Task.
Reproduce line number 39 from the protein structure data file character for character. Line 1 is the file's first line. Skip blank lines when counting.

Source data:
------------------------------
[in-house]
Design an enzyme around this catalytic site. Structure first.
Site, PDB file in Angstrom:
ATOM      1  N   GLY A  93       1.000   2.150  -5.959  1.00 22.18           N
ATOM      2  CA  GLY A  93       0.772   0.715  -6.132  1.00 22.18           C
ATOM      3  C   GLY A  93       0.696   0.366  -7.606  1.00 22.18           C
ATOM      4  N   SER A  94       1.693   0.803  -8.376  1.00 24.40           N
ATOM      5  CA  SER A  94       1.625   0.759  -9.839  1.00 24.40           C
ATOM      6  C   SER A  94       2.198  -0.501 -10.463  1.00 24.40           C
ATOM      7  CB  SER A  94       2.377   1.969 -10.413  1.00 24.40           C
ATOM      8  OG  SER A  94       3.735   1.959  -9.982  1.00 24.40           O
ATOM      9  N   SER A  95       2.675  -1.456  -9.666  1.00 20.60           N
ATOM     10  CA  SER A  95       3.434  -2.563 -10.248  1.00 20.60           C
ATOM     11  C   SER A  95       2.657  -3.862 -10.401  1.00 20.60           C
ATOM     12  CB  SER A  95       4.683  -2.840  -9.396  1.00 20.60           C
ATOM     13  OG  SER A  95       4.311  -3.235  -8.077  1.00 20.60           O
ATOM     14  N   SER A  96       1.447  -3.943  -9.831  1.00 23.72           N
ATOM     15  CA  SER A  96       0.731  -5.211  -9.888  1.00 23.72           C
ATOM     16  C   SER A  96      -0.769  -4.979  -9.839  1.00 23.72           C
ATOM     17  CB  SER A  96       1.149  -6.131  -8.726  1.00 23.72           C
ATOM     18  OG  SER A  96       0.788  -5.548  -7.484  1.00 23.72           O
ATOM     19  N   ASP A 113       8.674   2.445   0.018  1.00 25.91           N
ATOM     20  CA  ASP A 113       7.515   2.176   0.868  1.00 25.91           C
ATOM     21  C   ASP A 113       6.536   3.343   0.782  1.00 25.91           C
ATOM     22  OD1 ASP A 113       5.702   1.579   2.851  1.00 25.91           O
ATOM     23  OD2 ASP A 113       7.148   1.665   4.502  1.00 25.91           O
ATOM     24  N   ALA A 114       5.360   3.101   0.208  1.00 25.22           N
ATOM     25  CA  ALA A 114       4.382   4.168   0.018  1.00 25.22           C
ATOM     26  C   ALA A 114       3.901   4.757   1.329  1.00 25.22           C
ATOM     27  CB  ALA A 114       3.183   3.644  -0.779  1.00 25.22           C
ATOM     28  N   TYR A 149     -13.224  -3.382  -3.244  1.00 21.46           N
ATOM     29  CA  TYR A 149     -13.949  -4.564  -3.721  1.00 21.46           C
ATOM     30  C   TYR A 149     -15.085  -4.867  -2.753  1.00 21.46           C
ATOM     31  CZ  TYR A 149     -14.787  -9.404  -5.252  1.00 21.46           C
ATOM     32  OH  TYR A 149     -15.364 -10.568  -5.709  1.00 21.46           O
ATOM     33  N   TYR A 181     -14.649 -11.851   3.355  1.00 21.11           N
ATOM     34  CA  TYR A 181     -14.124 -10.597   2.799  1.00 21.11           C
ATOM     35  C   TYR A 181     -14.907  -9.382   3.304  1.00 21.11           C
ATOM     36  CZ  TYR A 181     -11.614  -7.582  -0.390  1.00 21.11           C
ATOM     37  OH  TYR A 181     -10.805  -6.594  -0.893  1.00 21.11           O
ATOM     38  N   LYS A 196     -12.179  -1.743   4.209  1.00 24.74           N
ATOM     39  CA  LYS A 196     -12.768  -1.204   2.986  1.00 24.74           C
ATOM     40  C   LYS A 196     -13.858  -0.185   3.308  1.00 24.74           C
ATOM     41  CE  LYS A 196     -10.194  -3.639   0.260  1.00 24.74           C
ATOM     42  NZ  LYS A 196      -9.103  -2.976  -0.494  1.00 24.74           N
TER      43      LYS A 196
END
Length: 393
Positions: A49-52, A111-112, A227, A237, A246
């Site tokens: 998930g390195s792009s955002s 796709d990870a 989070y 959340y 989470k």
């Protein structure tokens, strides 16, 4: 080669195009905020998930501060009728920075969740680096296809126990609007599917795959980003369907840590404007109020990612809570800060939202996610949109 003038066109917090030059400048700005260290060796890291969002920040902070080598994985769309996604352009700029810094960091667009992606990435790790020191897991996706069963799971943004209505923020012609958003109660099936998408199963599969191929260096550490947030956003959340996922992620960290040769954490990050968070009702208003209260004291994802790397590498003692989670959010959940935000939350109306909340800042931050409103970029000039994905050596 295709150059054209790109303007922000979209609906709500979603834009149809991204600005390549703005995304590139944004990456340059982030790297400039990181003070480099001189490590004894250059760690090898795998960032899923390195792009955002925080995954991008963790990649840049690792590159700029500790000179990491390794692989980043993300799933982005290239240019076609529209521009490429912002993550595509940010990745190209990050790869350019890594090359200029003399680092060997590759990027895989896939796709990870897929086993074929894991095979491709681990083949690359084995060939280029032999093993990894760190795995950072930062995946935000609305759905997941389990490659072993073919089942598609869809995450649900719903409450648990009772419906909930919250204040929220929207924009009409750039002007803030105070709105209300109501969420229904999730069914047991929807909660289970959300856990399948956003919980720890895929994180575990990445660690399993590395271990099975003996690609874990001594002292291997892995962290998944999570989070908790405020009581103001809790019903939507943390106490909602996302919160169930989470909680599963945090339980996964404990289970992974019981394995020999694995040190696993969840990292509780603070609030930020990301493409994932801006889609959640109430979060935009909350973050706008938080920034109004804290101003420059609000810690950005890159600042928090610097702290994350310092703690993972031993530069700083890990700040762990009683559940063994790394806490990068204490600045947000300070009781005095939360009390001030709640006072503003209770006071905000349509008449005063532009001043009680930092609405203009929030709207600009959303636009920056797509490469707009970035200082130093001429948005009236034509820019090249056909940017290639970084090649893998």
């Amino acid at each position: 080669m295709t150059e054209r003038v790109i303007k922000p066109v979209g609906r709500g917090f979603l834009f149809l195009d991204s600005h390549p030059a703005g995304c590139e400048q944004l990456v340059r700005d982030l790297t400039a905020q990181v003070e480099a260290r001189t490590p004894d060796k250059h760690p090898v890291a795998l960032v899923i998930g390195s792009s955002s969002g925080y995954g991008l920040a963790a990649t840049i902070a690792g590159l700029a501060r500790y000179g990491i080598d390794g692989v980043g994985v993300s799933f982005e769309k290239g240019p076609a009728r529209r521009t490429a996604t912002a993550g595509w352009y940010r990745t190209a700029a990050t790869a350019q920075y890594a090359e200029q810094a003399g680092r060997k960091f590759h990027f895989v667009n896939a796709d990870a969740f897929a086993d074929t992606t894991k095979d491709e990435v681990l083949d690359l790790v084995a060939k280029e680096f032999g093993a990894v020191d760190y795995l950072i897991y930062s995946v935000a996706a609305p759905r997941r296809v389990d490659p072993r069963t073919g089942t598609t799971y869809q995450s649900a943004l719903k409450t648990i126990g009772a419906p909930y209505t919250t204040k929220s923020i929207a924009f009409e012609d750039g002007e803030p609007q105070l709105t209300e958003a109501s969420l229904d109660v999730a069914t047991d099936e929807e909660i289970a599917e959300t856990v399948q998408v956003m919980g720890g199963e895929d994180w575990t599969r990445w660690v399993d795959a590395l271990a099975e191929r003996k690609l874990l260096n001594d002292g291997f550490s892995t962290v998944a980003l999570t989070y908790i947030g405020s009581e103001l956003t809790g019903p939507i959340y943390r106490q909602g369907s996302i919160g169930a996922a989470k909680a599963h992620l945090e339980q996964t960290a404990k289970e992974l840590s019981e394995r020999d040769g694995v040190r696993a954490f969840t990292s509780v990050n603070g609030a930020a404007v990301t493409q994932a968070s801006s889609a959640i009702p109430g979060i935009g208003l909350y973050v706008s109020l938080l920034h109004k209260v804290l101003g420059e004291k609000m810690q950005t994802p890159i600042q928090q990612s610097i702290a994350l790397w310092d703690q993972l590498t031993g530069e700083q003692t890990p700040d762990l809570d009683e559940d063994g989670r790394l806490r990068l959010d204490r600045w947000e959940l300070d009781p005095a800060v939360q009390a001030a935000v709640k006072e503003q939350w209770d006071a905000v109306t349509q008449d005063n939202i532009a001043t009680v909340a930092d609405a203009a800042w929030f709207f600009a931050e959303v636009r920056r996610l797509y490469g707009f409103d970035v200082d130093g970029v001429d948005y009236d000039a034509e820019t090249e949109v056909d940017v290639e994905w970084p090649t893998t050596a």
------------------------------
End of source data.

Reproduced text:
ATOM     36  CZ  TYR A 181     -11.614  -7.582  -0.390  1.00 21.11           C